“IT IS MY PLAN TO CREATE A CITY THAT IS DIRECT AND SIMPLE... TO LEAVE OUT ALL THAT IS UGLY, TO ELIMINATE THE UNNECESSARY, AND TO GIVE FLORIDA AND THE NATION A RESORT CITY AS PERFECT AS STUDY AND IDEALS CAN MAKE IT”: FIRST EDITION OF FLORIDA ARCHITECTURE OF ADDISON MIZNER; Signed by Him
New York: William Helburn, Inc, 1928.
First edition. Edition of 100 signed numbered copies by Addison Mizner. Folio, bound in full red morocco, raised bands, gilt titles and elaborate tooling to the spine and front panel, marbled endpapers. Illustrated with 184 black and white photogravure plates. In near fine condition with only light rubbing.
New York: Random House, 1971.
First edition of author’s first book, a collection of his late 1960’s magazine pieces. Octavo, original black cloth. Signed by Woody Allen on the title page. Fine in a near fine dust jacket with some slight sunning to the spine. A sharp example.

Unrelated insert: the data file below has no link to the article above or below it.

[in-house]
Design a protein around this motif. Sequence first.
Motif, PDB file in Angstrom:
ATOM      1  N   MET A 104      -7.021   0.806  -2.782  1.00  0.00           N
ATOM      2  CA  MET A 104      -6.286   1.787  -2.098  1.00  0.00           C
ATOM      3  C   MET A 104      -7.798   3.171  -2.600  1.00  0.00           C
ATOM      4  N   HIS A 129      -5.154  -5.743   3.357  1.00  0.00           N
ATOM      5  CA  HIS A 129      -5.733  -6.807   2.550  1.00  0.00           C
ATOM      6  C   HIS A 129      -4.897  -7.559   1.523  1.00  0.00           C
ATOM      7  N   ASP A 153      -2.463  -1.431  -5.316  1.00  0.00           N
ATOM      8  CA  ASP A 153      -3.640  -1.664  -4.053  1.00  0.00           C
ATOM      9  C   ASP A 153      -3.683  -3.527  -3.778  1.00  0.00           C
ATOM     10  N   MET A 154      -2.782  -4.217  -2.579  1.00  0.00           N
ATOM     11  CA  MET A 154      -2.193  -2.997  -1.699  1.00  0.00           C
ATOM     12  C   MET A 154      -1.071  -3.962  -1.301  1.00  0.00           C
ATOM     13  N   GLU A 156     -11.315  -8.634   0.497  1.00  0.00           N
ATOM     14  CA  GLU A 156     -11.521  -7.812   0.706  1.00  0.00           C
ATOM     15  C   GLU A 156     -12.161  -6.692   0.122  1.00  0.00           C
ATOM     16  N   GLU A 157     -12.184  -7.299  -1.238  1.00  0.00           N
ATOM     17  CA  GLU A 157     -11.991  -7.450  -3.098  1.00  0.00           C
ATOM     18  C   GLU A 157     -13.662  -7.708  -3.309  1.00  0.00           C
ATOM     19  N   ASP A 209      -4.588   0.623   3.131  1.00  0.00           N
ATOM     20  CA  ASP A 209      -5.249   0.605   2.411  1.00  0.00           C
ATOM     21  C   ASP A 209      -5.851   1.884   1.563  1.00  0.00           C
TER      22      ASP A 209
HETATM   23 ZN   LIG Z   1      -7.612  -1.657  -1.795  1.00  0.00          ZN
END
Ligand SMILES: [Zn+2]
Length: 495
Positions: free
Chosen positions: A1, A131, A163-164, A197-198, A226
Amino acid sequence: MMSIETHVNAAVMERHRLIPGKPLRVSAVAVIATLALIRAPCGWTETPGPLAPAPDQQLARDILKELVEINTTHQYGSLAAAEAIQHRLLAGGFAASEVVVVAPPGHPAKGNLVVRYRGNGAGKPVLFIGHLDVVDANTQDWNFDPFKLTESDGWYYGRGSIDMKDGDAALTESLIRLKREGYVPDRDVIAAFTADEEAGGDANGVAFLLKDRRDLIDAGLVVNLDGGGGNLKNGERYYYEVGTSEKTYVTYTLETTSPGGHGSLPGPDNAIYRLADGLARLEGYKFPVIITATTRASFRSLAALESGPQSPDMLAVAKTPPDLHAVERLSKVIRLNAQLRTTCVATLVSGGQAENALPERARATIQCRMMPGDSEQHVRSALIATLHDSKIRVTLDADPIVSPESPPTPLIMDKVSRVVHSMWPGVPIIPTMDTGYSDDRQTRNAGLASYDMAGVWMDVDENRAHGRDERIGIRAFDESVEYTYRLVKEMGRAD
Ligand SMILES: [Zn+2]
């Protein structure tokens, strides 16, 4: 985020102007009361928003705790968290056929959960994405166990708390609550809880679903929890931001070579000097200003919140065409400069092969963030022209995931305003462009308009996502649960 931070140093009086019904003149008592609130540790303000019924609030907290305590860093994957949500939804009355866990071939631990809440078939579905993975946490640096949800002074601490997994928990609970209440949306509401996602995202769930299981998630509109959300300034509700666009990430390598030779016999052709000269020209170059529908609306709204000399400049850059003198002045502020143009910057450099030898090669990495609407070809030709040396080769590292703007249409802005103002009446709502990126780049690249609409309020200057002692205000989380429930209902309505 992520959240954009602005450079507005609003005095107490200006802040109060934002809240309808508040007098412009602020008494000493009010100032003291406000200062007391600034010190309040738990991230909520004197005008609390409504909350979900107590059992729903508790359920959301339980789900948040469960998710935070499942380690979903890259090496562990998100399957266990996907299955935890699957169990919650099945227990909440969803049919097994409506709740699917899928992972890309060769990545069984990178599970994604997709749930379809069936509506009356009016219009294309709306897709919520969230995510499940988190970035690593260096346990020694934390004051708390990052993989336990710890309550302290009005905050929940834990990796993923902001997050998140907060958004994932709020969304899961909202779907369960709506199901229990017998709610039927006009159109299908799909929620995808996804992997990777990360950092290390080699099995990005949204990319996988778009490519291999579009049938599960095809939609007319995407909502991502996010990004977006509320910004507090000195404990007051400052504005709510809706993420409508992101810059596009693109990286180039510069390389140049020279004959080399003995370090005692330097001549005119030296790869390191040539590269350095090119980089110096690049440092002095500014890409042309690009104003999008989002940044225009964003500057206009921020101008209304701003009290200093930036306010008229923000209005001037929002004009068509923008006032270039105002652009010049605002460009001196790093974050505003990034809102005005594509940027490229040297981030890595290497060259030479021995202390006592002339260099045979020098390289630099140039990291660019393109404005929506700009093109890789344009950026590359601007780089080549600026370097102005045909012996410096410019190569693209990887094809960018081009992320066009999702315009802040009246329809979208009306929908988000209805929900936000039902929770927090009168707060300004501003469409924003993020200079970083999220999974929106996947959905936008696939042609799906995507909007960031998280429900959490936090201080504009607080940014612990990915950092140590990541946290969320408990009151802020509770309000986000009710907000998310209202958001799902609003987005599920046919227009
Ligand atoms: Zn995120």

"Stop worrying about growing old. And think about growing up": First Edition of The Dying Animal; Signed by Philip Roth
Boston: Houghton Mifflin, 2001.
First Edition. Octavo. Fine in a fine dust jacket. Signed by the author on the title page. Basis for the motion picture “Elegy” starring Ben Kingsley as David Kapesh.